entry -> entry.getKey().intValue()));
}

For starters, we deal with null input safely via Objects.toString(Object, String), before we stream on its characters via String.chars().

Then, the first Collectors.groupingBy(Function, Collector) gives us our preliminary result, counting() each character's presence.

Next, we need to then group by their occurrence, so the second Collectors.groupingBy(Function, Supplier, Collector) is used in conjunction with a TreeMap so that we can get our highest repeated character(s) as the lastEntry().

The character(s) are checked against each other using Collectors.reducing(T, BinaryOperator) to find out which is the 'smallest', using ~ as an initial value as it is an arbitrary large character compared to the standard English alphabet.

Finally, since lastEntry() can potentially give us a null for an empty Map, we wrap it up in a Stream just so we can filter null away, before finally converting the Entry representation into a Map via Collectors.toMap(Function, Function). This will return an empty Map at the very least.

Plain-old iteration

Of course, if the above approach looks too... advanced, the plain-old iteration approach is even simpler and easier to comprehend (with only a tiny bit of Java 8/9 magic):

private static Map<Character, Integer> maxOccurrence(String input) {
    Map<Character, Integer> occurrences = new HashMap<>();
    int maxCount = 0;
    char mostRepeated = '~';
    for (char c : Objects.toString(input, "").toCharArray()) {
        if (occurrences.merge(c, 1, Integer::sum) > maxCount
                && c < mostRepeated) {
            maxCount = occurrences.get(c);
            mostRepeated = c;
        }
    }
    return maxCount == 0
            ? Collections.emptyMap()
            : Map.of(mostRepeated, occurrences.get(mostRepeated));
}

Here, we update our occurrences map by Map.merge(K, V, BiFunction) and compare against maxCount/mostRepeated sequentially. The use of Collections.emptyMap() and Map.of(K, V) is slightly better too, as they ensure the results are immutable.

\$\endgroup\$
5
  • \$\begingroup\$ I haven't really thought about using maps; thanks for suggesting it. I'll learn how to use those to make it similar. Thank you for the great insight. \$\endgroup\$
    – Sean
    Jan 12, 2018 at 14:32
  • \$\begingroup\$ Quick question: is it unsafe to not use try-with-resources on a scanner, or is that just a sort of insurance policy? \$\endgroup\$
    – Sean
    Jan 12, 2018 at 14:33
  • \$\begingroup\$ Sort of an insurance policy. :) If you do use it, make sure the Scanner instance is only closed once in the main() method, when the program exits. \$\endgroup\$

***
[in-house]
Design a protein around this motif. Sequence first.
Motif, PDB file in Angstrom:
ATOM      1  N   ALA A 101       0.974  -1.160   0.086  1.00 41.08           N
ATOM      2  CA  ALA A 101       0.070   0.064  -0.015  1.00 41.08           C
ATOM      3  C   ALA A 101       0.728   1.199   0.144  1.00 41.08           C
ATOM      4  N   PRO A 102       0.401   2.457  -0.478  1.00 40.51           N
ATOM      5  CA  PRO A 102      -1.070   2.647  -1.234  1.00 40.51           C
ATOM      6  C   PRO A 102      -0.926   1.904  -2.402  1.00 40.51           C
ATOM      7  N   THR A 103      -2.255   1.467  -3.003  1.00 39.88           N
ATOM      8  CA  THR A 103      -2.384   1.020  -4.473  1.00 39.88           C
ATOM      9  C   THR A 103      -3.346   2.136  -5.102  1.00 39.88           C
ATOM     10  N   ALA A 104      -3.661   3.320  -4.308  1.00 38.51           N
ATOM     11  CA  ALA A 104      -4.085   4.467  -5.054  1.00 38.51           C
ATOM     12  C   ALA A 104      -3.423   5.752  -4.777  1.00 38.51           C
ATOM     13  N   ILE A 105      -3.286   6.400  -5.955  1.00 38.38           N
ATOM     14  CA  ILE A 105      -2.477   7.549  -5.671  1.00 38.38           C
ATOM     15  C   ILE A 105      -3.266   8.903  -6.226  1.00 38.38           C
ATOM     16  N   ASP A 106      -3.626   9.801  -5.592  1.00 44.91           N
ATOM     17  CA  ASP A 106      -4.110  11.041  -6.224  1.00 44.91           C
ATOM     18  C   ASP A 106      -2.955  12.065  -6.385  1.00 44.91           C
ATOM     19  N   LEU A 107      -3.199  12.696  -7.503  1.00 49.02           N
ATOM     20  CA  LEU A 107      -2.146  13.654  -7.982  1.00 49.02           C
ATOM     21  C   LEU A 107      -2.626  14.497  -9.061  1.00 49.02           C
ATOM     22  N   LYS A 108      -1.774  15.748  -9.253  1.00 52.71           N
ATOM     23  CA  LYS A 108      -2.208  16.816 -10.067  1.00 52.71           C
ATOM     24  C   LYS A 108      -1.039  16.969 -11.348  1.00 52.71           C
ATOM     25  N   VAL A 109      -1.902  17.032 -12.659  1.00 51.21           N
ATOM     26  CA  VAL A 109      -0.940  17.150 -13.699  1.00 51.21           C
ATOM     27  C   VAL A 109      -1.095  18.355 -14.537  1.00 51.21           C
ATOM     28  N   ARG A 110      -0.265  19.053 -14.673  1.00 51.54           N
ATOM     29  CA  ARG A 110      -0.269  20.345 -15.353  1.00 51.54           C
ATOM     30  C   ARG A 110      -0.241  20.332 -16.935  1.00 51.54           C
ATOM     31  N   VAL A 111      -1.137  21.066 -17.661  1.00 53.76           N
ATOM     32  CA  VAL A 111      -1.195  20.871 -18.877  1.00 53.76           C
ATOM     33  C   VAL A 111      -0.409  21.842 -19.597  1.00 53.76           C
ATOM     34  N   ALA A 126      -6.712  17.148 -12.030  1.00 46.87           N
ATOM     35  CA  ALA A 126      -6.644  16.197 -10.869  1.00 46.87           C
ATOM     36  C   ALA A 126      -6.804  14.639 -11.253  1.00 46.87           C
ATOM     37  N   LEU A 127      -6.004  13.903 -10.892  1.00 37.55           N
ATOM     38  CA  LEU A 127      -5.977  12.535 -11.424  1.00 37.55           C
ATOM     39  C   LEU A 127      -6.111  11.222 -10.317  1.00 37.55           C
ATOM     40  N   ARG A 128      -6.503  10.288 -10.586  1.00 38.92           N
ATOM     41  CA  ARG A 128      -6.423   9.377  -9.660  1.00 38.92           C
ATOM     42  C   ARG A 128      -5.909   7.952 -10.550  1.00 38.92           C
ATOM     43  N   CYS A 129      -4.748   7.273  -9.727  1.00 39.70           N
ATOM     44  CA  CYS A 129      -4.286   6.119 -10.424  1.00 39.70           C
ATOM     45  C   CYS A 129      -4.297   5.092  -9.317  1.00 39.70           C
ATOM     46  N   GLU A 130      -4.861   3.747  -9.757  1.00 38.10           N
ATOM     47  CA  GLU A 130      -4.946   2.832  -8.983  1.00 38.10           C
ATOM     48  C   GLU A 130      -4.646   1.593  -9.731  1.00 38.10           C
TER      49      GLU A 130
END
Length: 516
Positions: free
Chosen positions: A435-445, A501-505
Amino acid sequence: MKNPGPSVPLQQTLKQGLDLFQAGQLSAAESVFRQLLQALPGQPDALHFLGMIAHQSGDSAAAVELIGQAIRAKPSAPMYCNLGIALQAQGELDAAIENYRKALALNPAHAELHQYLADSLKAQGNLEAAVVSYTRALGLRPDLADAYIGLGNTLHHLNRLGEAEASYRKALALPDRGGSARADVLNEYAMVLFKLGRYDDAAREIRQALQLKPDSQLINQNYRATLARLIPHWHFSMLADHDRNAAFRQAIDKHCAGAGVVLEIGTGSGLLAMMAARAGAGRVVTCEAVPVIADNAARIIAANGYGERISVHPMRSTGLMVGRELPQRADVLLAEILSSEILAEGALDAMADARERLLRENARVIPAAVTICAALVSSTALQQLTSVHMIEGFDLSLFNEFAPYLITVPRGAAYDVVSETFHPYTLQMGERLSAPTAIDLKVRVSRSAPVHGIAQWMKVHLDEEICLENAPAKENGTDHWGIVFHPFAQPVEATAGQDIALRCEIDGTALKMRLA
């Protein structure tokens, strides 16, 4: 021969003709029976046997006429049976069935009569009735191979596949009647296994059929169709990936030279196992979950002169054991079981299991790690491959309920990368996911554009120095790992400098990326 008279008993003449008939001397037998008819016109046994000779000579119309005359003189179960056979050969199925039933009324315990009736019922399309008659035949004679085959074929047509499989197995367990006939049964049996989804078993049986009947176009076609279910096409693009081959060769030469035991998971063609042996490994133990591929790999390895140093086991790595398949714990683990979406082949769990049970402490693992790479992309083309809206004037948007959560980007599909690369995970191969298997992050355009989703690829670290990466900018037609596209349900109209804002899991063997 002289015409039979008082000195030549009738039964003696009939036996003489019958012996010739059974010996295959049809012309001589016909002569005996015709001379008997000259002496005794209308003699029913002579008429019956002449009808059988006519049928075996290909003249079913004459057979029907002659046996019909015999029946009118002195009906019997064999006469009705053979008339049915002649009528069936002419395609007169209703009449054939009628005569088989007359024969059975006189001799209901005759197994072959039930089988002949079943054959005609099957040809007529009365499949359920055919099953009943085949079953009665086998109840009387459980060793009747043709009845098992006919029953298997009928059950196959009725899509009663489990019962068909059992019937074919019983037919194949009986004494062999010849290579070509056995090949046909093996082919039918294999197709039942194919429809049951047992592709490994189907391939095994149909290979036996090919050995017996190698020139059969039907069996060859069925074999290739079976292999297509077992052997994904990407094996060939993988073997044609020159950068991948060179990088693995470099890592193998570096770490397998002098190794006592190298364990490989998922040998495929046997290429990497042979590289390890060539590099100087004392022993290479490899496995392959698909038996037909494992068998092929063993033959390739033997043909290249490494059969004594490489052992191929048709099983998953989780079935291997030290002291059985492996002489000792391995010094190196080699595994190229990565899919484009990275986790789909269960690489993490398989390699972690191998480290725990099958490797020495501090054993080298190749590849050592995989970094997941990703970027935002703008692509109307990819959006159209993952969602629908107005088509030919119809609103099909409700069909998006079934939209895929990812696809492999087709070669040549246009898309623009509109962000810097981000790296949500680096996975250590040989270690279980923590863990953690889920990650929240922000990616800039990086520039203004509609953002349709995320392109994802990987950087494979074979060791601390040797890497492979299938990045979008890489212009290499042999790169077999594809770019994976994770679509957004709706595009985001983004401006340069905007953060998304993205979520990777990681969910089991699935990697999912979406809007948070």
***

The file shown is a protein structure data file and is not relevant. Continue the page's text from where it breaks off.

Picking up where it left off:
– h.j.k.
    Jan 12, 2018 at 15:14
  • \$\begingroup\$ I was told that the scanner instance did not need to be closed in most cases; should I still close it when I'm done with it? \$\endgroup\$
    – Sean
    Jan 12, 2018 at 19:46
  • \$\begingroup\$ Generally, it's a good practice that I/O resources be closed when you no longer require access to them, this helps the JVM and presumably the OS. Before Java 7, you might have come across older boilerplate code that does this explicitly, which has improved considerably since then. While there's nothing wrong with not closing a single Scanner instance inside the main() method since it will be closed when the method completes and the application ends, you should not rely on the same thinking once you start dealing with a multitude of opened files or network connections in a larger codebase. \$\endgroup\$
    – h.j.k.
    Jan 13, 2018 at 0:07
4
\$\begingroup\$
for(int i = 0; i < input.length(); i++)
{
    done.add(String.valueOf(input.charAt(i)));
    all.add(String.valueOf(input.charAt(i)));
}

Instead of iterating over the input string like that, converting every single character to a new String, actually doing all of this twice, and adding each to a collection, you can convert the string to a list of Strings (for each character) like this:

List<String> inputChars = Arrays.asList(input.split(""));

Note that previously to Java 8 this results in the first element being an empty string, which must be handled accordingly.

Then add all of the characters in the array to the collections:

done.addAll(inputChars);
all.addAll(inputChars);

int highest = 0;
int overallIndex = 0;
for(int i = 0; i < num.size(); i++)
{
    if(num.get(i) > highest)
    {
        highest = num.get(i);
        overallIndex = i;
    }
}

To better structure your code, move the loop to a method findIndexOfHighest(). Your overallIndex actually is the indexOfHighest. Then you get the index of the highest element and the highest element like this:

int indexOfHighest = findIndexOfHighest();
int highest = num.get(indexOfHighest);

Add blank lines between blocks of code, e. g. between for loops. That makes your code much more readible.


int amount = done.size();
for(int i = 0; i < amount; i++)
{
    String letter = done.first();
    int tempNum = 0;
    for(int j = 0; j < all.size(); j++)
    {
        if(all.get(j).equals(letter))
        {
            tempNum++;
        }
    }
    num.add(tempNum);
    some.add(letter);
    done.remove(letter);
}

Here the inner loop can be a for-each loop. Also it should be in a separate method, because what it does is countOccurences(String s, char c). The variable tempNum should be called count or occurences.

\$\endgroup\$
2
  • \$\begingroup\$ List<String> inputChars = Arrays.asList(input.toCharArray()); does not compile. \$\endgroup\$
    – h.j.k.
    Jan 11, 2018 at 14:27
  • \$\begingroup\$ @D.Everhard while these tips are very helpful and good practice that I should learn, I found h.j.k's answers to be a little bit more useful. \$\endgroup\$
    – Sean
    Jan 12, 2018 at 14:31

Your Answer

By clicking “Post Your Answer”, you agree to our terms of service and acknowledge you have read our privacy policy.

Not the answer you're looking for? Browse other questions tagged or ask your own question.